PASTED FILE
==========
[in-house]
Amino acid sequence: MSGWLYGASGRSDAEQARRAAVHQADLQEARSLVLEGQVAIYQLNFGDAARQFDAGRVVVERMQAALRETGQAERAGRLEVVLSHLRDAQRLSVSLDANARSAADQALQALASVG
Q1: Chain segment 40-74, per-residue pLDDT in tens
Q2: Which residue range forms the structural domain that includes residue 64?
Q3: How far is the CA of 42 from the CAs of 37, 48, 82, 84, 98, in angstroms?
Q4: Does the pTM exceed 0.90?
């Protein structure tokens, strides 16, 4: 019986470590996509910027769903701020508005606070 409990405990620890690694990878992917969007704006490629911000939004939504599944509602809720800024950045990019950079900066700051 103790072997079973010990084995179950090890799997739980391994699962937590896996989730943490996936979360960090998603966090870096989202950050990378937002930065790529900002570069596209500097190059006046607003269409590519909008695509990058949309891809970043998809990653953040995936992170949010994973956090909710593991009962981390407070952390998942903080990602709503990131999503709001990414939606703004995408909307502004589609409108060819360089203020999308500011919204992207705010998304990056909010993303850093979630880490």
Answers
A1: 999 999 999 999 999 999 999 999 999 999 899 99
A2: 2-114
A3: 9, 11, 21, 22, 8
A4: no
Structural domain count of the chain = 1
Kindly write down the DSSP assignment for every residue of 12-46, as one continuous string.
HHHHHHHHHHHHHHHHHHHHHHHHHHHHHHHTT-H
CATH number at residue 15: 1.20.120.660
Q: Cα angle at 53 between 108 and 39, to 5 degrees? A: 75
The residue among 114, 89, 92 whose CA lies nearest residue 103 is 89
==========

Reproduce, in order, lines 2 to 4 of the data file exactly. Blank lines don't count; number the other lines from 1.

Amino acid sequence: MSGWLYGASGRSDAEQARRAAVHQADLQEARSLVLEGQVAIYQLNFGDAARQFDAGRVVVERMQAALRETGQAERAGRLEVVLSHLRDAQRLSVSLDANARSAADQALQALASVG
Q1: Chain segment 40-74, per-residue pLDDT in tens
Q2: Which residue range forms the structural domain that includes residue 64?